Test and design solutions to these problems – encourage conversations about race, ensure people in science undertake cultural safety training, provide guidance to be self-critical and overcome unconscious bias, partner with Black scientists on research work, and more.
Evaluate the success of these solutions and use them to shape organisations.
A new focus on recruiting ethnic minority patients for a major COVID-19 trial
To increase the recruitment of Black and Asian people, and those from other minority ethnic groups, a pharmacist, Mahendra Patel, has joined the PRINCIPLE trial in a new role. The trial is taking place in the UK, led by the University of Oxford. It aims to find treatments for COVID-19 that are suitable for patients aged over 50, and that can be taken at home and therefore reduce the need for patients to go to hospital.
To date, almost 1000 people have volunteered to take part, but the university said that “recruiting people from Black, Asian and minority ethnic communities has been a particular challenge.” This is particularly problematic, as people from these communities are known to be at a higher risk of becoming seriously ill as a result of COVID-19.
Patel will work to widen access to the trial among people from different ethnic minority backgrounds.
Black people still experience the highest death rates of any ethnic group, despite rates falling overall
According to data from the National Cancer Institute, cancer death rates have been falling overall since 2000, and the gap between racial and ethnic groups has been narrowing. But, Black Americans still have the highest death rate from cancer vs all other ethnic groups. And although it’s thought these disparities can be explained by socioeconomic factors, no one can be certain why Black people are still underrepresented in clinical trials.
The American Association for Cancer Research (AACR) recently issued its first annual cancer disparities progress report, intended to be a "baseline" for watching trends.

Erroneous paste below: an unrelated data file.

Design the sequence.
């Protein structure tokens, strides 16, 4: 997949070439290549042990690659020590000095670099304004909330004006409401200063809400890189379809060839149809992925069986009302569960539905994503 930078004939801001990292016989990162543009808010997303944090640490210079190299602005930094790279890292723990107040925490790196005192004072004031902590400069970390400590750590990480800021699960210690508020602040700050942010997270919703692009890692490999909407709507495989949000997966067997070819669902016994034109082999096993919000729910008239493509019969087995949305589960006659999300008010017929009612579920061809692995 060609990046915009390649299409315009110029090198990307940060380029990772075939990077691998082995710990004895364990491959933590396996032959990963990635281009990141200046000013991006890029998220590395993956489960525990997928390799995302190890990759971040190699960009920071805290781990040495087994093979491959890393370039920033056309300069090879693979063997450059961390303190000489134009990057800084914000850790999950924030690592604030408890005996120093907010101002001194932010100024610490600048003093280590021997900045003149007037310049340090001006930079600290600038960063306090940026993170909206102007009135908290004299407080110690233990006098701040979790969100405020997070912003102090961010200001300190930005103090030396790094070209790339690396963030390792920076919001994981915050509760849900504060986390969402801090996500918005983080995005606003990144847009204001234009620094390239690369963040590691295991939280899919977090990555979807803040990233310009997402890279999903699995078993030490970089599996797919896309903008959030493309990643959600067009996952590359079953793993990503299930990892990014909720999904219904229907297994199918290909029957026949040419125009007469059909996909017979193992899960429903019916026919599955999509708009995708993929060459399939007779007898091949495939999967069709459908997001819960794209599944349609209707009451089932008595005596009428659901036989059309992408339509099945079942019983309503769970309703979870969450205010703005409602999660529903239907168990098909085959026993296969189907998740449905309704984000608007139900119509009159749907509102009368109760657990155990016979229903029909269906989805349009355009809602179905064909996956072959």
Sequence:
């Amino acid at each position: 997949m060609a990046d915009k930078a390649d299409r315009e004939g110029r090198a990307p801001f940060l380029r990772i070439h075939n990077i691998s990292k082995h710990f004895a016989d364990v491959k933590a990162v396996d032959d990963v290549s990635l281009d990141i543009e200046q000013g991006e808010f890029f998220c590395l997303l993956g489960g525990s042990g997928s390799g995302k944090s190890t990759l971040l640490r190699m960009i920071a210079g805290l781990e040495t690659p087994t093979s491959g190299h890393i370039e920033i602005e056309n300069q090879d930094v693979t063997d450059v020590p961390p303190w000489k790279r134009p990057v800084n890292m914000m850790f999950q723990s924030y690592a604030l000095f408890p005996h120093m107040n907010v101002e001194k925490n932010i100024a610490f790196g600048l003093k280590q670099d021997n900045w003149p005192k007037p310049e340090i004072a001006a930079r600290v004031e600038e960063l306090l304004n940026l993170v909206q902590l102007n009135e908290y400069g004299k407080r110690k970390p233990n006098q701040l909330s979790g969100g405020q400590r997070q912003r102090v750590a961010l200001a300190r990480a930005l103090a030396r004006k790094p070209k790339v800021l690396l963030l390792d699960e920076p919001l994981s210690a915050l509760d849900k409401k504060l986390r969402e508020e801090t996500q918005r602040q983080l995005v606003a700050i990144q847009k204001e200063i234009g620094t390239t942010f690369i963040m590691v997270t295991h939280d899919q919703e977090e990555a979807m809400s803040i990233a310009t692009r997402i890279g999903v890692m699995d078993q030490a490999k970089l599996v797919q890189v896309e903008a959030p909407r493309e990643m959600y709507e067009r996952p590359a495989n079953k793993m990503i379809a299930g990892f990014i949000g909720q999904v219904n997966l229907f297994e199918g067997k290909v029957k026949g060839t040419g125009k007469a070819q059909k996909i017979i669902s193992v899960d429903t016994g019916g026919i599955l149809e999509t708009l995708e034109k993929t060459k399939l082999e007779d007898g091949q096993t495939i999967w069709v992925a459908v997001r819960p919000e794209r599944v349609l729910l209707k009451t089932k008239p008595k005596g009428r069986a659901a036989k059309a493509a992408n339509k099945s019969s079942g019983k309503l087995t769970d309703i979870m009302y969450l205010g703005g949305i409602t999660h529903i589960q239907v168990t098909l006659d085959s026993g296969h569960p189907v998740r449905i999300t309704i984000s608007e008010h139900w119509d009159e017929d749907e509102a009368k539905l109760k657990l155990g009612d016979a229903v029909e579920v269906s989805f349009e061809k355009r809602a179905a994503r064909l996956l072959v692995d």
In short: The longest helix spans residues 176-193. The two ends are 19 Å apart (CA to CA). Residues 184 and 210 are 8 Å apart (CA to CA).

According to Antoni Ribas, president of AACR, "AACR is also extremely concerned that racial and ethnic minorities continue to be underrepresented in cancer research and clinical trials, especially because the different ages, races and ethnicities may respond differently to cancer treatments.”
Ribas says AACR has formed a task force to call on policymakers and stakeholders to work on concrete actions to alleviate cancer disparities.
Ways to improve diversity and patient centricity in clinical trials
Improving diversity and patient engagement within clinical trials is gaining more attention than ever before. But what can be done to drive these changes? This article suggests some key factors:
Continue to ensure strong doctor-patient relationships, even amid the pandemic
Improve the informed consent process
Give patients the choice about in-person or remote visits
Let patients decide if they can self-administer the study drug, where appropriate
Understand that people have different abilities with using technology – some people might need more training and support with technology used in a clinical trial
Consider housing instability and the impact on trial participation
Recognise that patients have lives outside of their condition – from family/care responsibilities, to careers, to finance.
The common theme is that the patient voice needs to be considered when making any changes to how clinical trials are carried out. Shifting to virtual healthcare requires focus, transparency, and an integrated approach across all stakeholders, including patients and caregivers.
Why we still don’t know the reasons behind more women living with MS than men
While it’s been observed for a long time that more women are affected by MS than men, no one knows why. According to Riley Bove, MD, assistant professor of neurology at the UCSF Weill Institute for Neurosciences, one of the reasons for this lack of understanding is lack of statistical power in clinical trials.
Different studies have to enrol different numbers of men and women to either be representative of the population living with MS (3:1 female to male), or to look at an effect on MS progression (1:1 female to male). For example, if you have a lower percentage of men in a trial, the study may not be adequately powered statistically to find a statistical difference or statistical impact. So, attention also has to be placed on whether the studies are powered statistically to find the differences that you expect.
Dr Bove also states that the data from interventional clinical trials doesn’t tell us enough about how women and men may respond differently to treatments. So, it’ll be really important to ensure trials are statistically powered to investigate this in the future.
There has been an explosion of content written highlighting the inequities in clinical trial participation, we can't unfortunately feature all of the articles, so highly recommend you read the below articles.
If you would like any of your articles featured in the next round-up, email us at firstname.lastname@example.org